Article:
Autism Support (Attainment Gap)

– in the Scottish Parliament on 28th September 2016.

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Photo of Bob Doris Bob Doris Scottish National Party

9. To ask the Scottish Government what contribution improving support at school for young children with autism will make towards meeting its ambition to close the educational attainment gap. (S5O-00189)

Photo of John Swinney John Swinney Scottish National Party

Our ambition is to deliver equity and excellence for all children and young people, supporting them to reach their full potential, including those affected by autism. The Education (Additional Support for Learning) (Scotland) Act 2009 provides the legal framework for the identification of, provision for, and review of personalised support for children and young people who face barriers to learning, including those arising from autism.

In order to help schools meet the needs of those pupils, the Scottish Government has supported the development of “The Autism Toolbox: An Autism Resource for Scottish Schools”. Published in 2014, the toolbox provides guidance on planning, pupil support and staff training, as well as sharing examples of best practice. The toolbox’s online resource also provides a forum for continually updating and disseminating good practice.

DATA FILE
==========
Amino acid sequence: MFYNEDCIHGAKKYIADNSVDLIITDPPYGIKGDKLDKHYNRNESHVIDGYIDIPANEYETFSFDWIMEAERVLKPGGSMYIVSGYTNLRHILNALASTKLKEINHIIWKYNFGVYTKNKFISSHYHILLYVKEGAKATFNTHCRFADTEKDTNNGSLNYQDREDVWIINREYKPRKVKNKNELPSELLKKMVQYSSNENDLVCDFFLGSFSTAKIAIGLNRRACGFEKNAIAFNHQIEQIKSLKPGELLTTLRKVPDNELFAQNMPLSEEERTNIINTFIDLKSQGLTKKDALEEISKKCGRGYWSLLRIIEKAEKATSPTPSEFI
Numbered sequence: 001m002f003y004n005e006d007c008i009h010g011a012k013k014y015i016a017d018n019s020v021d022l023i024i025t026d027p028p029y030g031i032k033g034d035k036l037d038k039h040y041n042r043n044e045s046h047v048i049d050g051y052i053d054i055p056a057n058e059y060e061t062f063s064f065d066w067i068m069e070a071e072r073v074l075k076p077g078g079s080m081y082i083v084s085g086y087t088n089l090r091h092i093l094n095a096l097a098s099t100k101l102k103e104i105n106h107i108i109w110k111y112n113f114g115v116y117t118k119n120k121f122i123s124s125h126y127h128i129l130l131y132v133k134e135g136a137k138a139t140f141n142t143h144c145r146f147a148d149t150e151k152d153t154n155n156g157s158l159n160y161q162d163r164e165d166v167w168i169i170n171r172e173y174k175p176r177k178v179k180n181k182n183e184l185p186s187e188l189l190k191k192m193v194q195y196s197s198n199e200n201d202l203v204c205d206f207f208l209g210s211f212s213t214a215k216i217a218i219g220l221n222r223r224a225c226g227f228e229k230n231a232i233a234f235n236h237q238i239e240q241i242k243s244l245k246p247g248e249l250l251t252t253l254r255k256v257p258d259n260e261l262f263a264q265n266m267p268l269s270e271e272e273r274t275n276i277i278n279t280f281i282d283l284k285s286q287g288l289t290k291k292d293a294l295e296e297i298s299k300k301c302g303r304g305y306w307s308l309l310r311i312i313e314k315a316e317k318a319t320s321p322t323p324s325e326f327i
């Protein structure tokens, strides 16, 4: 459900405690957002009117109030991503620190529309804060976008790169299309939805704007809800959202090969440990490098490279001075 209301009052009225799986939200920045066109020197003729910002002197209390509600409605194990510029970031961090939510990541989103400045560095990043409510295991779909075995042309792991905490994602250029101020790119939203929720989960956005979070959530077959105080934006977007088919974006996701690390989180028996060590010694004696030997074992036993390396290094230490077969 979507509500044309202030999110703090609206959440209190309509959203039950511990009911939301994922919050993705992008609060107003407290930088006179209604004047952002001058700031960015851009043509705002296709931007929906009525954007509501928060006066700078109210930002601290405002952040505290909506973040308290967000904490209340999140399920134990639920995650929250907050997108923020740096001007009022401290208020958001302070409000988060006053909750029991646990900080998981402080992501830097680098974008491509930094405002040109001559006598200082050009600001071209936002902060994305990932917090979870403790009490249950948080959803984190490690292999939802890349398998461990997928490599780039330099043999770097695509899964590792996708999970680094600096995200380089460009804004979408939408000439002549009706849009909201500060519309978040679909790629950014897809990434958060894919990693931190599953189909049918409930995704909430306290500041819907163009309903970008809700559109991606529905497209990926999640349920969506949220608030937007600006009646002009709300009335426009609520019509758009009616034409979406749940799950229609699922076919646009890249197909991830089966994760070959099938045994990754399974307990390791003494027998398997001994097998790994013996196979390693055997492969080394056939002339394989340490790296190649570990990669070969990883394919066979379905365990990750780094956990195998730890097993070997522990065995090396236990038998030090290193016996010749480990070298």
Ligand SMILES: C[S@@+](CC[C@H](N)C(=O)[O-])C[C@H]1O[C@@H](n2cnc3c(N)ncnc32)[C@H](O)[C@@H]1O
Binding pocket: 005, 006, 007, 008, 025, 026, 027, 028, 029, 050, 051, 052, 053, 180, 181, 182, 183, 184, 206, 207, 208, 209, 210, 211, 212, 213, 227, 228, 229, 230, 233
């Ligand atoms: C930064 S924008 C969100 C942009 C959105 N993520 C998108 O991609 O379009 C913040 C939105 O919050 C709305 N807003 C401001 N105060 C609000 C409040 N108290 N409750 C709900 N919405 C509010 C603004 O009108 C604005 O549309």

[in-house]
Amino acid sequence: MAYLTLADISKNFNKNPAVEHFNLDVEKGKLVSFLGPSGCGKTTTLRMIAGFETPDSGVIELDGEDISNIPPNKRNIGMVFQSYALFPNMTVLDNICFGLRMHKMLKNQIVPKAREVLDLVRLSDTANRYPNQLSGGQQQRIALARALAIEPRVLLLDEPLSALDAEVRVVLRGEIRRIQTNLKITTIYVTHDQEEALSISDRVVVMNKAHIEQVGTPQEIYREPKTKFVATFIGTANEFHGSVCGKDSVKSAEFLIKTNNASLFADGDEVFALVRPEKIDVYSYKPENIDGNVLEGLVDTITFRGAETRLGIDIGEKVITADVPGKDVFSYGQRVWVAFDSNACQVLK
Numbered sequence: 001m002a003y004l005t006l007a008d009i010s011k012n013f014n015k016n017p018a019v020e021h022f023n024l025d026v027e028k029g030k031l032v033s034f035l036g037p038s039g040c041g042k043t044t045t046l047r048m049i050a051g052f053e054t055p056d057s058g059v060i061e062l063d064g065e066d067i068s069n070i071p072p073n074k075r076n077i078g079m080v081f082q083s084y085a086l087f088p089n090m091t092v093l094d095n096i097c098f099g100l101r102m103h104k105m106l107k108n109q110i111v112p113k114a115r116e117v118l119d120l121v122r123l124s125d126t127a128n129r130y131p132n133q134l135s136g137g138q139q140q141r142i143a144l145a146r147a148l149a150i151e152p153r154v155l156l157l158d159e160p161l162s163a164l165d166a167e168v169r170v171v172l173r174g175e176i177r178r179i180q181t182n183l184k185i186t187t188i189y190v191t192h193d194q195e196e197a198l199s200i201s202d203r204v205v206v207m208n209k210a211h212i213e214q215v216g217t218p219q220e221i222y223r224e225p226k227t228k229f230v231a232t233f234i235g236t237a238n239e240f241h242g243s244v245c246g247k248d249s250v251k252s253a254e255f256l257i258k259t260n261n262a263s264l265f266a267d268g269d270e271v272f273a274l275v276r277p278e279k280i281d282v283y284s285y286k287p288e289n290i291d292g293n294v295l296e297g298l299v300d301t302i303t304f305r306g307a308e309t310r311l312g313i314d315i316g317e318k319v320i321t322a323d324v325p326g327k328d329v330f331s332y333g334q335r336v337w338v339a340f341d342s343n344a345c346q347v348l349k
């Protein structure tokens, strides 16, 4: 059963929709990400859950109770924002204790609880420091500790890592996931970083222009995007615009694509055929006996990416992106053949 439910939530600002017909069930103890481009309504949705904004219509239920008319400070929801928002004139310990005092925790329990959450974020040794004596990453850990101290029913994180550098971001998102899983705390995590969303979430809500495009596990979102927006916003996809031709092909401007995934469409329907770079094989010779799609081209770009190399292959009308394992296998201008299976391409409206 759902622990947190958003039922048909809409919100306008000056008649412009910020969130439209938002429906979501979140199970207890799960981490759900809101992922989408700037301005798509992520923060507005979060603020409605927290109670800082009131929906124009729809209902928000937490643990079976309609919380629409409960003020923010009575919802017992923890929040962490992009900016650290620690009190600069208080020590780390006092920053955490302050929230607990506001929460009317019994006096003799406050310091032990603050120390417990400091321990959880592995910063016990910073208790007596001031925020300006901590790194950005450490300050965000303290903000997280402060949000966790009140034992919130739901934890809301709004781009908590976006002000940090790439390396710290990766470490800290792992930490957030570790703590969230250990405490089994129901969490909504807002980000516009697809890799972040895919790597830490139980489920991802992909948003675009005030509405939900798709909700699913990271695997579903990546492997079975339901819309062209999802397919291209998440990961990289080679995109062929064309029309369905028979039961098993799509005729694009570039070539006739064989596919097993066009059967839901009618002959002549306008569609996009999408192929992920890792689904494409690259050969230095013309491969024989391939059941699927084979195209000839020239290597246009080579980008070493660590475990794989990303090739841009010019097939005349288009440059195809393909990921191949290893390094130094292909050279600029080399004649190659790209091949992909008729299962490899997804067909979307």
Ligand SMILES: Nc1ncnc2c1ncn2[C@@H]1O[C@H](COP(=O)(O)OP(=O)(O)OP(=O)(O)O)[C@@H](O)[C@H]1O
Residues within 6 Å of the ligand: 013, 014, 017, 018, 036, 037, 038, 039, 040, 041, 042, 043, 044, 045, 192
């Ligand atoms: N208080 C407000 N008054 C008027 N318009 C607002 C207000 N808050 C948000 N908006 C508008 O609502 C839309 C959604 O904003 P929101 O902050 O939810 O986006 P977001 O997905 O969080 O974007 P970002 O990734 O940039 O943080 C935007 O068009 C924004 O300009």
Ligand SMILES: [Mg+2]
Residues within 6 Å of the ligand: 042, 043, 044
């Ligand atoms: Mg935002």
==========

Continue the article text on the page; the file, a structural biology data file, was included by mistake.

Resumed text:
Photo of Bob Doris Bob Doris Scottish National Party

In recent months, a number of families in my constituency have raised with me concerns about the support that is available for their children, particularly as they transition from nursery school to primary 1, where a presumption of mainstreaming applies but is not always backed up with the support that is required. I am concerned that a lack of support might impact on the educational attainment of some of our most vulnerable children. I suspect that the situation is not isolated to Glasgow. As part of addressing the attainment gap, will the cabinet secretary review how local authorities provide such support for vulnerable children?

Photo of John Swinney John Swinney Scottish National Party

I certainly believe that the framework that we have in place, including the legislative framework of the 2009 act, should address exactly Mr Doris’s point. I am obviously happy to look at any particular examples and experiences that he has to ensure that that is happening. Fundamentally, the Government and the public sector have an obligation to work to get it right for every child in Scotland. That means meeting the needs of young people, whatever their circumstances. Young people who have autism will have particular support requirements and, in fulfilling their responsibilities, all public authorities should take account of that within the legislative framework of the 2009 act.

If Mr Doris cares to write to me with any further detail, I would be happy to explore the issue on his behalf.